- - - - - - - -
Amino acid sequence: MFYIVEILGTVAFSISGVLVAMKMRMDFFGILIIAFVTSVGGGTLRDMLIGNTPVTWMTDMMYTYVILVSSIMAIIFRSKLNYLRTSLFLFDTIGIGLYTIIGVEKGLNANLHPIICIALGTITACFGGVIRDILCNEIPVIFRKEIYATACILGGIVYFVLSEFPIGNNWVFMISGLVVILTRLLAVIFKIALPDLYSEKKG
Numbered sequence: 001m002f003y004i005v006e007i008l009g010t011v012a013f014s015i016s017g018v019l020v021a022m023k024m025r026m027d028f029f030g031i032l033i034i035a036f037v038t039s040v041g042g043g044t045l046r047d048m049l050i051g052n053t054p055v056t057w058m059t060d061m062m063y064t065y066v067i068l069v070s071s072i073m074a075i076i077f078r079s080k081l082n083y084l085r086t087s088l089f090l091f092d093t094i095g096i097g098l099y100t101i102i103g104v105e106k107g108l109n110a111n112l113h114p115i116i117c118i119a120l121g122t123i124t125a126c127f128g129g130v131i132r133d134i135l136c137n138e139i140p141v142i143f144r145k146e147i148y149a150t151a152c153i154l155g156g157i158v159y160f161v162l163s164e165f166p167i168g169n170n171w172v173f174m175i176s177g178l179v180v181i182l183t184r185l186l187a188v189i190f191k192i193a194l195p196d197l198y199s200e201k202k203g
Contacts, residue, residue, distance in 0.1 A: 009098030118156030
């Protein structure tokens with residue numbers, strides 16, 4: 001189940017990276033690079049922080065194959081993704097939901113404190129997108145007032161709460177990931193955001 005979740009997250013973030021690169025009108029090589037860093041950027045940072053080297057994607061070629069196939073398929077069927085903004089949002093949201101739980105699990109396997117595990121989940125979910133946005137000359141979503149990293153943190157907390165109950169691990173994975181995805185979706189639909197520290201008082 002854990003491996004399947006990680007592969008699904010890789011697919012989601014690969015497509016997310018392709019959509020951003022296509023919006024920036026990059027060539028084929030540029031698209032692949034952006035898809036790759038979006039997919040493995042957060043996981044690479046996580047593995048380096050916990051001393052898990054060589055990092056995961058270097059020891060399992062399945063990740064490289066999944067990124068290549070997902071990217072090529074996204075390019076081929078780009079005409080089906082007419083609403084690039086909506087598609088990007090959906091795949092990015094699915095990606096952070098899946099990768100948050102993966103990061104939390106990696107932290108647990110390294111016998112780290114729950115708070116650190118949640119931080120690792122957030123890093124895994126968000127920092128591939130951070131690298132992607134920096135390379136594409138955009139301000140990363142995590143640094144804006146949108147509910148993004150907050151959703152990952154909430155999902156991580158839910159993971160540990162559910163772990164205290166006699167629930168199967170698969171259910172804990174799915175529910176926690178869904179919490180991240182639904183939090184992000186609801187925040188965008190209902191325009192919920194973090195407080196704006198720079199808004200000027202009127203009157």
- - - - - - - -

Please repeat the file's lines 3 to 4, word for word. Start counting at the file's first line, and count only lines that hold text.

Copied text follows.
Contacts, residue, residue, distance in 0.1 A: 009098030118156030
């Protein structure tokens with residue numbers, strides 16, 4: 001189940017990276033690079049922080065194959081993704097939901113404190129997108145007032161709460177990931193955001 005979740009997250013973030021690169025009108029090589037860093041950027045940072053080297057994607061070629069196939073398929077069927085903004089949002093949201101739980105699990109396997117595990121989940125979910133946005137000359141979503149990293153943190157907390165109950169691990173994975181995805185979706189639909197520290201008082 002854990003491996004399947006990680007592969008699904010890789011697919012989601014690969015497509016997310018392709019959509020951003022296509023919006024920036026990059027060539028084929030540029031698209032692949034952006035898809036790759038979006039997919040493995042957060043996981044690479046996580047593995048380096050916990051001393052898990054060589055990092056995961058270097059020891060399992062399945063990740064490289066999944067990124068290549070997902071990217072090529074996204075390019076081929078780009079005409080089906082007419083609403084690039086909506087598609088990007090959906091795949092990015094699915095990606096952070098899946099990768100948050102993966103990061104939390106990696107932290108647990110390294111016998112780290114729950115708070116650190118949640119931080120690792122957030123890093124895994126968000127920092128591939130951070131690298132992607134920096135390379136594409138955009139301000140990363142995590143640094144804006146949108147509910148993004150907050151959703152990952154909430155999902156991580158839910159993971160540990162559910163772990164205290166006699167629930168199967170698969171259910172804990174799915175529910176926690178869904179919490180991240182639904183939090184992000186609801187925040188965008190209902191325009192919920194973090195407080196704006198720079199808004200000027202009127203009157």